Articles Posted in US Court of Appeals for the Seventh Circuit

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Minerva, an Ohio‐based, family‐owned dairy company, produces Amish‐style butters in small, slow‐churned batches using fresh milk supplied by pasture‐raised cows. Minerva challenged Wisconsin’s butter‐grading requirement under the Due Process Clause, the Equal Protection Clause, and the dormant Commerce Clause. Wisconsin’s law applies to butter manufactured in‐state and out‐of‐state and provides that butter may be graded by either a Wisconsin‐licensed butter grader or by the USDA. Wisconsin’s standards are materially identical to the USDA’s standards. The district court rejected the challenges on summary judgment, holding that the statute is rationally related to Wisconsin’s legitimate interest in consumer protection and does not discriminate against out‐of‐state businesses. The Seventh Circuit affirmed. Consumer protection is a legitimate state interest; the butter‐grading requirement is rationally related to the state’s legitimate interest in “protect[ing] the integrity of interstate products so as not to depress the demand for goods that must travel across state lines.” The state presented some evidence that the statute effectively conveys consumer preferences. The statute does not violate the Equal Protection Clause simply because Wisconsin failed to implement mandatory grading for other commodities. Wisconsin’s butter‐grading law confers a competitive advantage on prospective butter-graders who live closer to testing locations but this geographical fact of life does not constitute discrimination against out‐of‐state applicants. View "Minerva Dairy, Inc. v. Harsdorf" on Justia Law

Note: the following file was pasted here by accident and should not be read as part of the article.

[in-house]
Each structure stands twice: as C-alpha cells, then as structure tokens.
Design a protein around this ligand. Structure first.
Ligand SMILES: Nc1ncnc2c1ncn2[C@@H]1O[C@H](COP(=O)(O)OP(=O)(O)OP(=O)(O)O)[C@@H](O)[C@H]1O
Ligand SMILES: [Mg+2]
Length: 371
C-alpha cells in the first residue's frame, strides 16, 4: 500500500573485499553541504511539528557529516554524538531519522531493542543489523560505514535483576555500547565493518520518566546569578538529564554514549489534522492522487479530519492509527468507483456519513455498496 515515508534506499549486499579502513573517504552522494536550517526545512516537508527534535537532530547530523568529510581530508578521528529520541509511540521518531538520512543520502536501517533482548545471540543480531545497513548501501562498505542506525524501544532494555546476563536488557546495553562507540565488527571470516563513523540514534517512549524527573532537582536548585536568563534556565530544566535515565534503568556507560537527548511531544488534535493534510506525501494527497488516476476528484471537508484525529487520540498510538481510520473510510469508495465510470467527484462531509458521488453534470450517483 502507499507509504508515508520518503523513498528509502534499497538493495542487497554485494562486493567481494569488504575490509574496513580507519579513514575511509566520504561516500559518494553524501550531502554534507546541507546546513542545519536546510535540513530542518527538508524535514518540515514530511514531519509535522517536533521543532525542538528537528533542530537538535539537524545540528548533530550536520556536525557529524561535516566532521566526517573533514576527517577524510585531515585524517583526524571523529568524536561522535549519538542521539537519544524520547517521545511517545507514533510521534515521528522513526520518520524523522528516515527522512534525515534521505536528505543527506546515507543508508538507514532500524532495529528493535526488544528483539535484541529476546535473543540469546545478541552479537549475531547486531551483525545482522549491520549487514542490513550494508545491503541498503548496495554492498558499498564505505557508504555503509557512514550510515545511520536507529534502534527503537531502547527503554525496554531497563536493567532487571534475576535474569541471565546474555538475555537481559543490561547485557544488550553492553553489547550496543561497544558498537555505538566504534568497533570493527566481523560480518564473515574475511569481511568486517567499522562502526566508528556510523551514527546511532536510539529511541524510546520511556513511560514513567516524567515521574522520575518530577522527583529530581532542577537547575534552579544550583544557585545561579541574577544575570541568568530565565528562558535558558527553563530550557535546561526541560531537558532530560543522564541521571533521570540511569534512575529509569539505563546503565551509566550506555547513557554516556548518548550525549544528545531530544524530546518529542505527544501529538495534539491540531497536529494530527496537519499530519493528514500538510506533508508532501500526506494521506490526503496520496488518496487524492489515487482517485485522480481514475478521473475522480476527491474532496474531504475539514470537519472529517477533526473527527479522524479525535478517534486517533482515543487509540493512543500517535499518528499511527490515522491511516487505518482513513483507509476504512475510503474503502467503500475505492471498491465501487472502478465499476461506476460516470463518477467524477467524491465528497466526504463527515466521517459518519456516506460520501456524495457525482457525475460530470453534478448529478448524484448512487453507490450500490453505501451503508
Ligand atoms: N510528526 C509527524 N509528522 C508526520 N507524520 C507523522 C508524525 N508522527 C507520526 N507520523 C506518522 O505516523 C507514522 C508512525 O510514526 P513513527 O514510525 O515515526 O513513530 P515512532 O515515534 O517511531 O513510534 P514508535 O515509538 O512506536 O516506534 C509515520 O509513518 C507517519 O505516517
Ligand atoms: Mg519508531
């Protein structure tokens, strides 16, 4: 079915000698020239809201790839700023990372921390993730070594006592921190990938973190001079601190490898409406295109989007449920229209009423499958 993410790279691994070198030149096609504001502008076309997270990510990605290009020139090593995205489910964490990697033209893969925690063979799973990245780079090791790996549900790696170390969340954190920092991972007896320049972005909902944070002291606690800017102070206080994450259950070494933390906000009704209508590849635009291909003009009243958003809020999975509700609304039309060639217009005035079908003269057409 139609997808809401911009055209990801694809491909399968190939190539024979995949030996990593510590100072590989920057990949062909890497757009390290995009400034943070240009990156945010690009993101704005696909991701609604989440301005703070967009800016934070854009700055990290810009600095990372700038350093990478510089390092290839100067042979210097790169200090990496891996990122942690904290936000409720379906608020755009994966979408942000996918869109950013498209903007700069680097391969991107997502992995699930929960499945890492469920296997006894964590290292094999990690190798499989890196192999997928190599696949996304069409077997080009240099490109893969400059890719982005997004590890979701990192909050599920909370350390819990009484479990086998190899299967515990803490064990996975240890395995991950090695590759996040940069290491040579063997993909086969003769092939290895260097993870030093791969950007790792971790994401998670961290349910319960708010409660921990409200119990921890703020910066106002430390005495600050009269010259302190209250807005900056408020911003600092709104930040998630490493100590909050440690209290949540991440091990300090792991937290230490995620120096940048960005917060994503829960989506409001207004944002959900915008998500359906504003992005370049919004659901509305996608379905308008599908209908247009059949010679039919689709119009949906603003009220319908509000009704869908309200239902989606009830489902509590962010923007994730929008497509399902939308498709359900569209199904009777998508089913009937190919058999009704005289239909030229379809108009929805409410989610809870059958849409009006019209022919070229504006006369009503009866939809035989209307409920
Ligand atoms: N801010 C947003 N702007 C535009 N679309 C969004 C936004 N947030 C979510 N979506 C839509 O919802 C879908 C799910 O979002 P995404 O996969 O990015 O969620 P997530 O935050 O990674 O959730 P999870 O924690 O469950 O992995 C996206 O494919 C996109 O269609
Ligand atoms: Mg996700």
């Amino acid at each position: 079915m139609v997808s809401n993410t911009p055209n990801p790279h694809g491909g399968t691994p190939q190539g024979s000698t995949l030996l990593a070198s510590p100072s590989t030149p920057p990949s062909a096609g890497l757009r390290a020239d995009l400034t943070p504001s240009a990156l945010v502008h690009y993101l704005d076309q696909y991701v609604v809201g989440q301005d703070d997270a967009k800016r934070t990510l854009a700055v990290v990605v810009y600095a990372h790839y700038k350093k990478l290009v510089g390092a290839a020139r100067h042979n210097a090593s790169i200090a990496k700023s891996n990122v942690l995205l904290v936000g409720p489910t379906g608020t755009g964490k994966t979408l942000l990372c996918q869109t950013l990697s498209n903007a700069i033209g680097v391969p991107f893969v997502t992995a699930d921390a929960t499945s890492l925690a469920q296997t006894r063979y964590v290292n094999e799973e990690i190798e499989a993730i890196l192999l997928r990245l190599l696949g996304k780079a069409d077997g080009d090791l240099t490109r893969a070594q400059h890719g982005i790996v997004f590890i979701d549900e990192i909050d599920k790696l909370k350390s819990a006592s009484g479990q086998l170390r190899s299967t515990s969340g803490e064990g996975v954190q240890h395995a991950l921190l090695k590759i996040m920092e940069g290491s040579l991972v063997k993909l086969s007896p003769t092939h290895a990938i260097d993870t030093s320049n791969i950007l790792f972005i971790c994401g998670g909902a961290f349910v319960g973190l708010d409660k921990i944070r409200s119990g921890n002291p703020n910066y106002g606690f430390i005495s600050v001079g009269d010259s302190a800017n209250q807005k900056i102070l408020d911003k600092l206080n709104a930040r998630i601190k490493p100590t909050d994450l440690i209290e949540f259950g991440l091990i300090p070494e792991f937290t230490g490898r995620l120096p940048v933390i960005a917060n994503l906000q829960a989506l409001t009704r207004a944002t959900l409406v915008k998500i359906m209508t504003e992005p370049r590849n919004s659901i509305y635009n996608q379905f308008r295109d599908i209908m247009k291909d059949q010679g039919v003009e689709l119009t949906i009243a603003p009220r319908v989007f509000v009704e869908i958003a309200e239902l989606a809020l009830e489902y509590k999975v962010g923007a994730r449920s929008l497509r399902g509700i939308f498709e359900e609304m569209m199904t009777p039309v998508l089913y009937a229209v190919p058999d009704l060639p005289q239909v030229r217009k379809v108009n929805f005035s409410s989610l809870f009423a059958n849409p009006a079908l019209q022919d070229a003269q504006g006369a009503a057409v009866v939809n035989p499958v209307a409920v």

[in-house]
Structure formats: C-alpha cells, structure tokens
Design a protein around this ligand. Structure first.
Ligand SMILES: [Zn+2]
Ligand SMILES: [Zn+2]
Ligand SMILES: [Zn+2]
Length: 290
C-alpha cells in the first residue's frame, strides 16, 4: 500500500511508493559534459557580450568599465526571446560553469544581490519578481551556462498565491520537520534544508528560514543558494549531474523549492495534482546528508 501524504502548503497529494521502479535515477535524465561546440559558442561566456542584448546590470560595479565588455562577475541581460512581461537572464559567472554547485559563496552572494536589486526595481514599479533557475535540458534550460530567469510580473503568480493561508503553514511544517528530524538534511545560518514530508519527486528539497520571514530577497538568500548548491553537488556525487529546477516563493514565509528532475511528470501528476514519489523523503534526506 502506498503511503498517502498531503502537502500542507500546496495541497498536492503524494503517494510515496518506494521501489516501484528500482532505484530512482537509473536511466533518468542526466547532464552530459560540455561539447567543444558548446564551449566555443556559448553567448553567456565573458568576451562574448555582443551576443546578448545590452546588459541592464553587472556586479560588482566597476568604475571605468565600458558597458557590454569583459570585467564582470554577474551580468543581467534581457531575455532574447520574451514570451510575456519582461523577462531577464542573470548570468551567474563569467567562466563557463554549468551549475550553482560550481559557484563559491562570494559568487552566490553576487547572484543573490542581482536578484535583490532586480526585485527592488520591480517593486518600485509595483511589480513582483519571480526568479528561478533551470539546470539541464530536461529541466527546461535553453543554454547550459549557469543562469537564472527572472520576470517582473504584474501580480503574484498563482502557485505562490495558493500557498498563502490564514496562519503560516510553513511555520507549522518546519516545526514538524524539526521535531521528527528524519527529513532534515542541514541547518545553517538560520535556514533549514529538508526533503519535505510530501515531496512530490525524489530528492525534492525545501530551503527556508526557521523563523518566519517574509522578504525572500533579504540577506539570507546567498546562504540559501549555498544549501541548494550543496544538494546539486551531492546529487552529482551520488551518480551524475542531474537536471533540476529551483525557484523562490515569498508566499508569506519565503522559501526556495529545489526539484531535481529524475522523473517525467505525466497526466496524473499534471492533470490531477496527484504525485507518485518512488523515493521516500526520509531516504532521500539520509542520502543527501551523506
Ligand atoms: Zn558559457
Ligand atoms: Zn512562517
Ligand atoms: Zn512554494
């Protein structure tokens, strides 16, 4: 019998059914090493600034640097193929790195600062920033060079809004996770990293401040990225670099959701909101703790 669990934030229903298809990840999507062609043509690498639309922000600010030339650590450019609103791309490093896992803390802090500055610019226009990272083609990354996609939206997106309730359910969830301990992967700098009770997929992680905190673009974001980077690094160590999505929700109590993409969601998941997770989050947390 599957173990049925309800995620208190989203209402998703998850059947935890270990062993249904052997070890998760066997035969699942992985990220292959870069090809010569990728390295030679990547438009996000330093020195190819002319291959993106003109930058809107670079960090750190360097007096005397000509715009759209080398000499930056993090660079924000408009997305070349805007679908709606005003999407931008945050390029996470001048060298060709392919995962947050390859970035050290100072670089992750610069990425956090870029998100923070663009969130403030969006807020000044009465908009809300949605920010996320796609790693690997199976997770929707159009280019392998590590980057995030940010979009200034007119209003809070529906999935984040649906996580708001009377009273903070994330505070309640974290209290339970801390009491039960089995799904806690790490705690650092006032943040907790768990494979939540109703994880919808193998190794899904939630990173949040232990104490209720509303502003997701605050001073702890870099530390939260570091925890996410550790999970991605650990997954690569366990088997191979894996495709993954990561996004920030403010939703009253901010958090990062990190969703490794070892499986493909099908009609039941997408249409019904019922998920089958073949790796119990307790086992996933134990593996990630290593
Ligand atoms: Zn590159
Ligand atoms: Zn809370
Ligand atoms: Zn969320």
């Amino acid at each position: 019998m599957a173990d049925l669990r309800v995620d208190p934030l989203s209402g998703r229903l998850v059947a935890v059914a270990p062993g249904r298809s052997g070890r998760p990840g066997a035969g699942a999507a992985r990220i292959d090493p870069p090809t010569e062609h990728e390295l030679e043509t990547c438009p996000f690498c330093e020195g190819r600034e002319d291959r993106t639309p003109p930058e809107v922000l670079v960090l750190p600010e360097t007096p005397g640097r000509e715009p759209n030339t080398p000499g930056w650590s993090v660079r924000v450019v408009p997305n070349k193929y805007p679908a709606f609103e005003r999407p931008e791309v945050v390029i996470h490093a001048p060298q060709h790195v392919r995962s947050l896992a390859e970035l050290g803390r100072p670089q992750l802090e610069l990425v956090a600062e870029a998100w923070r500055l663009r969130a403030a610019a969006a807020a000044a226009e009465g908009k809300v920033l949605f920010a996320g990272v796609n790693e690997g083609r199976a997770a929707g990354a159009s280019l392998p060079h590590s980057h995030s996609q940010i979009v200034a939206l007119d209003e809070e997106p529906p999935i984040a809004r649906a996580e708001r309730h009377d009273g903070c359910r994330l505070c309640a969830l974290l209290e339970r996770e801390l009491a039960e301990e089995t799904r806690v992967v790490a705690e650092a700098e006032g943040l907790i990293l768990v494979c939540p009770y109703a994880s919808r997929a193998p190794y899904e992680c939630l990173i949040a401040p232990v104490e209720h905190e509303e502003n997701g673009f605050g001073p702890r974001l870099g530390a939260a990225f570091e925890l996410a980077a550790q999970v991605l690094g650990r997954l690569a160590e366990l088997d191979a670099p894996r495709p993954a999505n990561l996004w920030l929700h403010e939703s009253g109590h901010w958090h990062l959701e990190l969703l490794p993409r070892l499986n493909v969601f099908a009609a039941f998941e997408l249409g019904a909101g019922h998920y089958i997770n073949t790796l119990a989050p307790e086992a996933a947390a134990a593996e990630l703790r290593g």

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Arla, a Denmark-based global dairy conglomerate, launched a $30 million advertising campaign aimed at expanding its U.S. cheese sales, branded “Live Unprocessed.” The ads assure consumers that Arla cheese contains no “weird stuff” or “ingredients that you can’t pronounce,” particularly, no milk from cows treated with recombinant bovine somatotropin (“rbST”), an artificial growth hormone. The flagship ad implies that milk from rbST-treated cows is unwholesome. Narrated by a seven-year-old girl, the ad depicts rbST as a cartoon monster with razor-sharp horns. Elanco makes the only FDA-approved rbST supplement. Elanco sued, alleging that the ads contain false and misleading statements in violation of the Lanham Act. Elanco provided scientific literature documenting rbST’s safety, and evidence that a major cheese producer had decreased its demand for rbST in response to the ads. The Seventh Circuit affirmed the issuance of a preliminary injunction, rejecting arguments that Elanco failed to produce consumer surveys or other reliable evidence of actual consumer confusion and did not submit adequate evidence linking the ad campaign to decreased demand for its rbST. Consumer surveys or other “hard” evidence of actual consumer confusion are unnecessary at the preliminary-injunction stage. The evidence of causation is sufficient at this stage: the harm is easily traced because Elanco manufactures the only FDA-approved rbST. The injunction is sufficiently definite and adequately supported by the record and the judge’s findings. View "Eli Lilly and Co. v. Arla Foods USA, Inc." on Justia Law